How The Grinch Stole Christmas!, by Dr. Seuss
Every Who down in Whoville liked Christmas a lot,
But the Grinch, who lived just north of Whoville, did NOT!
– How The Grinch Stole Christmas! (Dr. Seuss, 1957)
Originally published by Random House in 1957, How The Grinch Stole Christmas! tells the story of a grouchy creature known as the Grinch and his plot to ruin Christmas for the town of Whoville, located just south of his cave on Mount Crumpet. Annoyed every year by the festivities of the warm-hearted Whos, he dons a makeshift Santa Claus costume and descends into Whoville on Christmas Eve to steal all their presents, food and decorations, in the hope of stopping the holiday from ever arriving. Come Christmas morning, however, he is surprised to find that despite his best efforts to discourage them, the Whos still have the spirit of Christmas in them, and that day, the Grinch learns a valuable lesson about the true meaning of the holiday season.
I’ve always appreciated How The Grinch Stole Christmas! for its uplifting message about the holiday spirit. With all the commercialization that Christmas has undergone over time, it’s easy to lose sight of the simpler things we should enjoy during the holidays, such as the company of our loved ones and all the possibilities that come with a new year. Puzzled to hear the Whos singing on Christmas morning, the Grinch starts to wonder why his plan didn’t work, and comes to a heartwarming revelation.
Maybe Christmas, he thought, doesn’t come from a store.
Maybe Christmas, perhaps, means a little bit more.
It probably goes without saying that the author’s intention with this story was to criticize the commercialization of Christmas. Interestingly, the Grinch has been compared to Seuss himself, who claimed to have found inspiration for the character after seeing a “Grinchy” face in the mirror on December 26th. His idea was to write this sour character in order to rediscover the meaning of Christmas, which he felt had been lost on him at some point in the past. The same way he did with Horton Hears a Who!, Dr. Seuss drew from his own life experience to tell a heartwarming story that readers of all ages can enjoy for its important lesson.
The Grinch and Cindy Lou Who, How The Grinch Stole Christmas! (1966)
Like most of Dr. Seuss’s children’s books, How The Grinch Stole Christmas! is written in rhyming verse and illustrated with colorful and bizarre characters, making it a fun and memorable read for the whole family. A noteworthy adaptation of the book is the 1966 TV special directed by Chuck Jones (of Looney Tunes fame). I remember watching it often as a kid and smiling every time the Grinch’s heart grew three sizes at the end of the story (not to mention Cindy Lou Who was probably the sweetest little thing I’d ever seen in a classic cartoon). It’s an adaptation I’d highly recommend, so if you haven’t seen it yet and it runs annually on TV in your region, be sure to watch it this holiday season! And while you’re at it, you may want to read the book again; it’s truly a Christmas classic!
What I find most inspiring about this book is the way it never fails to fill me with holiday cheer, regardless of the time of year. I enjoy a good story where the villain is the main character, and seeing the Grinch embrace the Christmas spirit helps me remember that there’s more to the holidays than presents (not that I ever needed much reminding, with a wonderful family like mine).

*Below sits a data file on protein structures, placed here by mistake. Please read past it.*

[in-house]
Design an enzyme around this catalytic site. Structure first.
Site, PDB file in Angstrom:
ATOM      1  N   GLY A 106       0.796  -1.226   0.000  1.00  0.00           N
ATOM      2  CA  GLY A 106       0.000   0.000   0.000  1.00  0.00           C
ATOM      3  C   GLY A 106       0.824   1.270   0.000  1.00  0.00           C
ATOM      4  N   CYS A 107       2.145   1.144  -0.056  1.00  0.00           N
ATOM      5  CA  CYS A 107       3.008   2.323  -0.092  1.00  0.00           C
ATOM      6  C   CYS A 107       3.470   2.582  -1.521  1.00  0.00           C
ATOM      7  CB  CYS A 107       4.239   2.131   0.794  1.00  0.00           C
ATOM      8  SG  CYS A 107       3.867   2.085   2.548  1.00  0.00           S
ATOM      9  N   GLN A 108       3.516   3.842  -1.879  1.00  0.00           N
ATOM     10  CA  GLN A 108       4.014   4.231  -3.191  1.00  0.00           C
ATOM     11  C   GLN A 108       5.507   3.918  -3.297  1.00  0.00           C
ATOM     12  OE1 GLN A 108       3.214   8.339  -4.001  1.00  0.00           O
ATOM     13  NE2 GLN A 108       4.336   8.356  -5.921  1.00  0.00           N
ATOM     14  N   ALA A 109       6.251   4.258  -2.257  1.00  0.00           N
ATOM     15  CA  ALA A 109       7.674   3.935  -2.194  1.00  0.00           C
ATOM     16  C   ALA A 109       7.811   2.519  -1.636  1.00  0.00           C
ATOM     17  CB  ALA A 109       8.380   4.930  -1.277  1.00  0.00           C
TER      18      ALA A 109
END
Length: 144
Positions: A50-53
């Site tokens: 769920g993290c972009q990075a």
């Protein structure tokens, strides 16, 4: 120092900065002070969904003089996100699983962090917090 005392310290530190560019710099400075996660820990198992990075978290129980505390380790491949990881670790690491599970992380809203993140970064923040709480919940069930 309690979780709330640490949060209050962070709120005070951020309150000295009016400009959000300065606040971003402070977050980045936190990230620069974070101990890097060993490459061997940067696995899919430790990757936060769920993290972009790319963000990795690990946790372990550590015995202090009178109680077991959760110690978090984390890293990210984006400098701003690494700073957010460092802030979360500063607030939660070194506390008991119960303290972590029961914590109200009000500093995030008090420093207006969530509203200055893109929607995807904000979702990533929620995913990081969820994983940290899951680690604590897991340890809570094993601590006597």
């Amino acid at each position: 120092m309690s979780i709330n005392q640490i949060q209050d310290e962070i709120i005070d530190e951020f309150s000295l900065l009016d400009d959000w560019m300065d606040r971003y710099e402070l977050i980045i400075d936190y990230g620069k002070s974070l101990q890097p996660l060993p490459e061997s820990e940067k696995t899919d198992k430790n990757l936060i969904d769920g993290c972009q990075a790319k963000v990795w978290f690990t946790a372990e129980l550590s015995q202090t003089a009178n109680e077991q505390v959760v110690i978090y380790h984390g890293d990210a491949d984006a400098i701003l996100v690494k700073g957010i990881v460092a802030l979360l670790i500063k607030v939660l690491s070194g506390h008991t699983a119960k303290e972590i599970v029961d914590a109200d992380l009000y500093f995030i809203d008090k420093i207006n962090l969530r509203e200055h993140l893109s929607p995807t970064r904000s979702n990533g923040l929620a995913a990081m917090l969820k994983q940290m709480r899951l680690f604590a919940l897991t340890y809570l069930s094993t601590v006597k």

Overall, How The Grinch Stole Christmas! is a very enjoyable read, and one that should definitely be on every Seuss fan’s bookshelf. Whether I’m in the mood for his fun stories and illustrations or for his good life lessons, I always find something wonderful to enjoy in Dr. Seuss’s charming holiday tale! Enjoy, and have a very Merry Christmas!
Since last week’s post was dedicated to the amazing children’s author Dr. Seuss, I wanted to follow it up with a post about one of his many wonderful books. However, the more I thought about it, the more I realized how hard it would be to choose which book to feature; there are so many good stories by Seuss that it’s almost impossible to choose just one favorite. Eventually, though, I settled on one of the books I find most inspiring: Horton Hears a Who!
Horton Hears a Who!, by Dr. Seuss
First published in 1954 by Random House, Horton Hears a Who! tells the story of Horton the Elephant, a resident of the Jungle of Nool, and his quest to help the Whos. After hearing a small yelp coming seemingly out of thin air, Horton discovers the microscopic civilization of Whoville living on a speck of dust. Deciding that every life has value regardless of size, he places the speck on a clover and sets out to find a safe location to keep the Whos out of harm’s way. Unfortunately, being the only one with ears keen enough to hear these tiny people, the elephant has trouble convincing the other jungle residents that Whoville exists, and when they decide to put an end to his crazy antics by destroying the clover, Horton must struggle to save his new friends and teach the people of the Jungle of Nool an important lesson: “a person’s a person, no matter how small”.
Horton the Elephant is one of my favorite Dr. Seuss characters, mostly for his kindness and integrity. He stays true to his word no matter what; as seen in the previous story featuring his character – Horton Hatches the Egg – when Horton makes a promise, he has every intention of seeing it through, and that makes him one of the best role models in Seuss’s stories.